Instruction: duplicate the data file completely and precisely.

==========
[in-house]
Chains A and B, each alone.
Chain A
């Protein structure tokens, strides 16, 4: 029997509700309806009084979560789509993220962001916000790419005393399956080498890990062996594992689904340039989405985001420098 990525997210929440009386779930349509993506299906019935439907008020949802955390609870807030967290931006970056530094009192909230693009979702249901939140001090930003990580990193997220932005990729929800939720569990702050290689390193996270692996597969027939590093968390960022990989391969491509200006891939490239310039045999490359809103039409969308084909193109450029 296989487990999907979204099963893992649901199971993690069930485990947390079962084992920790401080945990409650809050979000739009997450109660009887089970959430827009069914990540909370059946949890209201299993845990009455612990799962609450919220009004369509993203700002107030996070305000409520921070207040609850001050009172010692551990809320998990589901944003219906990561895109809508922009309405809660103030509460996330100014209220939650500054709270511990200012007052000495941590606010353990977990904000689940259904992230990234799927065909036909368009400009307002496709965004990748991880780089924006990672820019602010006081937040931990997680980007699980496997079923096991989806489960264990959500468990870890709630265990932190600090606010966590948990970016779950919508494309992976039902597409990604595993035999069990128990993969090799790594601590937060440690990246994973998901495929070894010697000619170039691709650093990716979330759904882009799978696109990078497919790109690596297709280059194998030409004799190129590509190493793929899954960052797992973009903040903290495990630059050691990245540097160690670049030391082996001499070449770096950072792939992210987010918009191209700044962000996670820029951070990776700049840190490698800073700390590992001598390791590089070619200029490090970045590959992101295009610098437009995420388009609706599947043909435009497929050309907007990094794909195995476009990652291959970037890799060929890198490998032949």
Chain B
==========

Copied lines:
[in-house]
Chains A and B, each alone.
Chain A
């Protein structure tokens, strides 16, 4: 029997509700309806009084979560789509993220962001916000790419005393399956080498890990062996594992689904340039989405985001420098 990525997210929440009386779930349509993506299906019935439907008020949802955390609870807030967290931006970056530094009192909230693009979702249901939140001090930003990580990193997220932005990729929800939720569990702050290689390193996270692996597969027939590093968390960022990989391969491509200006891939490239310039045999490359809103039409969308084909193109450029 296989487990999907979204099963893992649901199971993690069930485990947390079962084992920790401080945990409650809050979000739009997450109660009887089970959430827009069914990540909370059946949890209201299993845990009455612990799962609450919220009004369509993203700002107030996070305000409520921070207040609850001050009172010692551990809320998990589901944003219906990561895109809508922009309405809660103030509460996330100014209220939650500054709270511990200012007052000495941590606010353990977990904000689940259904992230990234799927065909036909368009400009307002496709965004990748991880780089924006990672820019602010006081937040931990997680980007699980496997079923096991989806489960264990959500468990870890709630265990932190600090606010966590948990970016779950919508494309992976039902597409990604595993035999069990128990993969090799790594601590937060440690990246994973998901495929070894010697000619170039691709650093990716979330759904882009799978696109990078497919790109690596297709280059194998030409004799190129590509190493793929899954960052797992973009903040903290495990630059050691990245540097160690670049030391082996001499070449770096950072792939992210987010918009191209700044962000996670820029951070990776700049840190490698800073700390590992001598390791590089070619200029490090970045590959992101295009610098437009995420388009609706599947043909435009497929050309907007990094794909195995476009990652291959970037890799060929890198490998032949």
Chain B